There is a common misconception that felling trees is an anti-environmental practice and that trees should be left alone in order to create a thriving environment.
However, chopping down trees is all part of a carefully managed ecosystem and can bring many benefits to the environment the trees are situated in.
When you should not cut down a tree
Not every tree needs to be felled, and sometimes it is a good idea to leave it be. If you have a tree growing in your garden, then you should leave it alone if:
- It is not shading areas of your garden you have a better use for
- It is not planted in an intrusive spot
- It is not at risk of falling and damaging property, or worse, injuring someone
- The tree’s roots won’t interfere with the foundations or pipework of your property
- The tree is relatively young, and isn’t likely to cause one of the above issues as it grows
Why felling trees has its own importance
It is easy to see why the general public think that cutting down trees is bad for the environment. After all, a lot of our daily items come from trees. Whether that be the chairs we sit on, the paper we use to write on or the tables we eat from. These all started life as a tree, or several.
Whilst it’s true that a tree has to fall in order to create these items, there are actually immense sustainable and environmental benefits that come from felling trees.
Nature has its own way of destroying trees through forest fires, lightning strikes and severe wind. This destruction in turn promotes new growth and the forest bounces back and is restored to its original glory.
Felling trees selectively through human intervention is no different. Older trees compete for nutrients and sunlight, which in turn discourages younger trees from growing to full strength.
Removing the older trees prevents stagnant growth within the forest and promotes an ecosystem that continues to live on.
This is because trees that are removed make space for other trees to grow in their place. The new growth is a result of other trees self seeding or through environmental efforts such as ‘Challenge 2025' that EGO is committed to.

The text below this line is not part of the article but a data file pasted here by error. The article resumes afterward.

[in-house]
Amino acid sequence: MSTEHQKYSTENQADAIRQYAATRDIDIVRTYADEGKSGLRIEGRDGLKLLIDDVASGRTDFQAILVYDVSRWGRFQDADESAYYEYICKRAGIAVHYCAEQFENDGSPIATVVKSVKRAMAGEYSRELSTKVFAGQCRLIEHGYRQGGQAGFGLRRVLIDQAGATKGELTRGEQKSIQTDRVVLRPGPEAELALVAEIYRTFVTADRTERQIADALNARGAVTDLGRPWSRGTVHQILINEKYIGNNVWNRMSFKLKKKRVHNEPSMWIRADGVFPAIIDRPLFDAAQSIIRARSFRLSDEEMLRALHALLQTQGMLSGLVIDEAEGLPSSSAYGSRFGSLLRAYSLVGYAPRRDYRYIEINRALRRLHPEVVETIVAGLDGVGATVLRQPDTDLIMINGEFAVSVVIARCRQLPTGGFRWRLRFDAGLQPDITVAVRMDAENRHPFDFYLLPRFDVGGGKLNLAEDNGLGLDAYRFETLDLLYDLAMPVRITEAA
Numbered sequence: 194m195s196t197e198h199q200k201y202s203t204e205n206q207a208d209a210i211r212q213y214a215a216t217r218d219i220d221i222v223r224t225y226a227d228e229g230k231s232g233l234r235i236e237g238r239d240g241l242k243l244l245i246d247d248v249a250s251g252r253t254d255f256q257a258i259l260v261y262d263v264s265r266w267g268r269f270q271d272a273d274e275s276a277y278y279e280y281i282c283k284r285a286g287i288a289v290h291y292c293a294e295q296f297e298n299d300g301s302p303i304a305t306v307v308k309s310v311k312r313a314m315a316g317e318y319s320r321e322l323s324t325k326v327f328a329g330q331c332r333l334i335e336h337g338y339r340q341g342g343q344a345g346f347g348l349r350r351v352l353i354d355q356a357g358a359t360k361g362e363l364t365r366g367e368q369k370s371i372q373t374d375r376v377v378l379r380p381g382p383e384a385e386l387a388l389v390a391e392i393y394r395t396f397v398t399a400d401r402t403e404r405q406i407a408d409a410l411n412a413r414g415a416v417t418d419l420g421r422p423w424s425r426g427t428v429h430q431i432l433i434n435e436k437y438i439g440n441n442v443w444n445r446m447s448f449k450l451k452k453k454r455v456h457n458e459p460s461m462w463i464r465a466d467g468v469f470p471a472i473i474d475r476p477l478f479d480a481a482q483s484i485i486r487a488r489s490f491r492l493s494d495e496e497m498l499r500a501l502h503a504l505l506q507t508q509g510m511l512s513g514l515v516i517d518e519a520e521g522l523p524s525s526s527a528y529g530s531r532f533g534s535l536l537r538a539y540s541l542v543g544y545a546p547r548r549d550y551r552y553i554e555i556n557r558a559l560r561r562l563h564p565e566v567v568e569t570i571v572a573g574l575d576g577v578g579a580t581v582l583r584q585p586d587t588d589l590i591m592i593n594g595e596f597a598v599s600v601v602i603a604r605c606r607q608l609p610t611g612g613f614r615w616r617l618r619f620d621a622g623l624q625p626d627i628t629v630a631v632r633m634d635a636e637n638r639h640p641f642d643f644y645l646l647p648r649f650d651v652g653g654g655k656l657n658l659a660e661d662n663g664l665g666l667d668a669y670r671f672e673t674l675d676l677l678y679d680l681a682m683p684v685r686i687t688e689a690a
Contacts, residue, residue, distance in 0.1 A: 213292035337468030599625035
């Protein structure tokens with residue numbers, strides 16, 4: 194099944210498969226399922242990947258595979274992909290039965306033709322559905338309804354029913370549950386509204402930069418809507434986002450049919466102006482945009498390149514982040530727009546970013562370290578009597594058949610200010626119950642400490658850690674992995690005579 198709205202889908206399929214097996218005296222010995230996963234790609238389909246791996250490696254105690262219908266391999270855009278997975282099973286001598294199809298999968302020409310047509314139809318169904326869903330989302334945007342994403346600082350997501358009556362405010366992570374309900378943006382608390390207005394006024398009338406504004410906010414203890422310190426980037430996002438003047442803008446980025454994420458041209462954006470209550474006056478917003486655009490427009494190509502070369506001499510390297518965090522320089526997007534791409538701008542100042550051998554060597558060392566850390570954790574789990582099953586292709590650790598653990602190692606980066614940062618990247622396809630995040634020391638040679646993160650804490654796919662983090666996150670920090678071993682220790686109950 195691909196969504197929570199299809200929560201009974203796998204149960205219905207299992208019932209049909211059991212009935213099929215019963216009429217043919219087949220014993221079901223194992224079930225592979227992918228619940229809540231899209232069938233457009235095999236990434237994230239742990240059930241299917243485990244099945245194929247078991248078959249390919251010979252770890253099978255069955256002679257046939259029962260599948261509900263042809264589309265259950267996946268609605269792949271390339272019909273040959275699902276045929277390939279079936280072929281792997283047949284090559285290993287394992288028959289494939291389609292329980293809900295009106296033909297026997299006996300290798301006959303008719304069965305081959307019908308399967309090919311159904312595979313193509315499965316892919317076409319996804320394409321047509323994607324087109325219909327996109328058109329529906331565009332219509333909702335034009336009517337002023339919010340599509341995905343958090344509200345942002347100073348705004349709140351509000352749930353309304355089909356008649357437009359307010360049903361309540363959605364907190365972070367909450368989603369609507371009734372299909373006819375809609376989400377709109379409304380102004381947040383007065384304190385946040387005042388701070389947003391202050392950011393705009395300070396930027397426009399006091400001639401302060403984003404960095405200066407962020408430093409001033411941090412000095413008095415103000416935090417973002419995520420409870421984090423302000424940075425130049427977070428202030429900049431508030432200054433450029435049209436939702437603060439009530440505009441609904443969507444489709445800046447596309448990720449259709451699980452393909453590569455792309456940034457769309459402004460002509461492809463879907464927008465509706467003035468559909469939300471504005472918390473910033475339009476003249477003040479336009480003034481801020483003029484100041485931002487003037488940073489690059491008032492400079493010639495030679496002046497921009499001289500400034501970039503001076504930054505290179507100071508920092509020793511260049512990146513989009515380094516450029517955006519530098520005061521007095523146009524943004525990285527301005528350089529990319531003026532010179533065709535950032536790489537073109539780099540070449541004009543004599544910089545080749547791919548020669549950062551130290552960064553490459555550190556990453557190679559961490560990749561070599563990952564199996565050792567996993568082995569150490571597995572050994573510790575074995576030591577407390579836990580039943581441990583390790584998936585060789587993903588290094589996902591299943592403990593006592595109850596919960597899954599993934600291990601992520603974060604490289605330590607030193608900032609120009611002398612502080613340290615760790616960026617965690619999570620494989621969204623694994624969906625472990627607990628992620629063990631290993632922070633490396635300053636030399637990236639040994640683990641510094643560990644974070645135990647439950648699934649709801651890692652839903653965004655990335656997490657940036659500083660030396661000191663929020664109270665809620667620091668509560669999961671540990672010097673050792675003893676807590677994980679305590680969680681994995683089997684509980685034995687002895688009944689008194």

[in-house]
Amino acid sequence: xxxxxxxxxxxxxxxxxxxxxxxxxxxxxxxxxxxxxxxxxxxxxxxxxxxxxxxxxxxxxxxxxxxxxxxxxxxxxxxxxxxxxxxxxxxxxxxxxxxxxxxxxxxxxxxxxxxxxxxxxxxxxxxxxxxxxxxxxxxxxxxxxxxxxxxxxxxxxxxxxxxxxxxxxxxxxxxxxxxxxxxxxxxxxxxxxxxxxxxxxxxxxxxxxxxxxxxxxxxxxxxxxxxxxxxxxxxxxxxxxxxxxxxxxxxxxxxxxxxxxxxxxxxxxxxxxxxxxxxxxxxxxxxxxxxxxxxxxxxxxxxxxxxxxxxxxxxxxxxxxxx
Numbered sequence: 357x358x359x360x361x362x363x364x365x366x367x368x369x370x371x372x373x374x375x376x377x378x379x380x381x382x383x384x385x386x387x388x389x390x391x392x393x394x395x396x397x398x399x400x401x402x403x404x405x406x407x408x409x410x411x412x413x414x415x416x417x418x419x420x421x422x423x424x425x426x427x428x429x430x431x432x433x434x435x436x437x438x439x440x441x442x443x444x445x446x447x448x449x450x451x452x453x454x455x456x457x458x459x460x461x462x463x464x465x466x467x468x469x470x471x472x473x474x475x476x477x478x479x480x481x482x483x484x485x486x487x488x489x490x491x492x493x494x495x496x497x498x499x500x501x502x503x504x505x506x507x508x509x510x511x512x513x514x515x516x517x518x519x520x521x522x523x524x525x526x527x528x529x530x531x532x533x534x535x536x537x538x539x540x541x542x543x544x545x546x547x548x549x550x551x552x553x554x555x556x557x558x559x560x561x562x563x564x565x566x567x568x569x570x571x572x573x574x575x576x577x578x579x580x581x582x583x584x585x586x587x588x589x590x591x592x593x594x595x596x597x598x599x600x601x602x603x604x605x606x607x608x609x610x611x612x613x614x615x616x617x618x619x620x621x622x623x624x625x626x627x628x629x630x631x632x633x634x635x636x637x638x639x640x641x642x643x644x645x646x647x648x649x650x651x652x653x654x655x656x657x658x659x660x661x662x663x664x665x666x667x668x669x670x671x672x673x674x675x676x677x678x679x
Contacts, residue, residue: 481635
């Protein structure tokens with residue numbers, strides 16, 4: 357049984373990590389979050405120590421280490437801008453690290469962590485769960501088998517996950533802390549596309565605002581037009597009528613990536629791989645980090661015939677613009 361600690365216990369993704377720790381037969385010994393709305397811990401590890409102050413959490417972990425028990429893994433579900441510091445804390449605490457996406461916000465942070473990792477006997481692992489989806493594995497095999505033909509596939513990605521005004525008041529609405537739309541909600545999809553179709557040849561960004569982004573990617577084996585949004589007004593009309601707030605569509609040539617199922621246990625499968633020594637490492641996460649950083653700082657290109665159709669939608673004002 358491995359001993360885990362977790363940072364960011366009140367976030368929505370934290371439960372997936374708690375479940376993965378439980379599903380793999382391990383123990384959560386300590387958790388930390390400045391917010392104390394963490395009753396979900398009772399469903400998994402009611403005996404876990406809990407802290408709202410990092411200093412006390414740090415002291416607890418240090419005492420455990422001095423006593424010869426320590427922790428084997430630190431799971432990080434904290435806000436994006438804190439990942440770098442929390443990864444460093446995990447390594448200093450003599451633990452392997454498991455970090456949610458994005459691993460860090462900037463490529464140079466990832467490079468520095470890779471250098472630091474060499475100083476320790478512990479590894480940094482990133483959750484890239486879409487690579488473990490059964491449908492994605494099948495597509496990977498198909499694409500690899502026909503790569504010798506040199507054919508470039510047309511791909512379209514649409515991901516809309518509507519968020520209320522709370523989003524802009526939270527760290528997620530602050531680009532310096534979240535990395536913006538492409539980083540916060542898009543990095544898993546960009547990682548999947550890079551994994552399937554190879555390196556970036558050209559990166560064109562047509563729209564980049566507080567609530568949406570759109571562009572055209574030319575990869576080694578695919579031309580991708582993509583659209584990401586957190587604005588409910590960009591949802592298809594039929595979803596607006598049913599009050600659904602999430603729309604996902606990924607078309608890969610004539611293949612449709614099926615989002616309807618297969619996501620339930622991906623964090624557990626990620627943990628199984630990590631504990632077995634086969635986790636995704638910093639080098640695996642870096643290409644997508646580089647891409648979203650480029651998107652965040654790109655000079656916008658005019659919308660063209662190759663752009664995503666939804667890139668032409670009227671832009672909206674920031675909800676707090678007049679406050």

Biodiversity of the forest
Felling trees in the forest encourages a diverse and healthy forest ecosystem. An abundance of plants and animals thrive in the habitat and selectively removing trees allows species such as brambles, mushrooms, crab apples and wild cherry trees to flourish.
This diverse mix of flora and fungi provides a food and shelter source for various woodland creatures such as deer, rodents, robins and beavers.
A renewable resource
Historically, forests and woodlands would be cleared in large swathes at a time, with little care, attention or regard for the environment.
In modern times, sustainable logging practices ensure the forests live on and the environment as a whole remains diverse and intact.
Infection and disease prevention
In a forest, just one or two trees infected with a disease can eventually spread to the rest of the woodland, causing it to be entirely wiped out. Felling and disposing of the infected trees removes this threat and therefore allows the forest to continue to thrive for many more years.
Felled trees and the garden
If you have had a tree removed from your lawn, there are many ways you can recycle it in the garden:
- Use your cordless chainsaw to create a woodpile in your garden, perfect for creating an environment where beneficial creatures can thrive
- Bury logs in the garden to create a hugelkultur bed, where a diverse range of plants will flourish
- Cut the trunk into sizeable lengths and use them as a border for a raised bed, fill it full of compost from your compost mound and grow fruit and vegetables in it
Even if you decide to leave the tree alone in your garden, it will need some maintenance such as pruning during the winter. Whatever jobs are on your list this winter, make sure you have the right tools for the job and check out our range of battery powered chainsaws.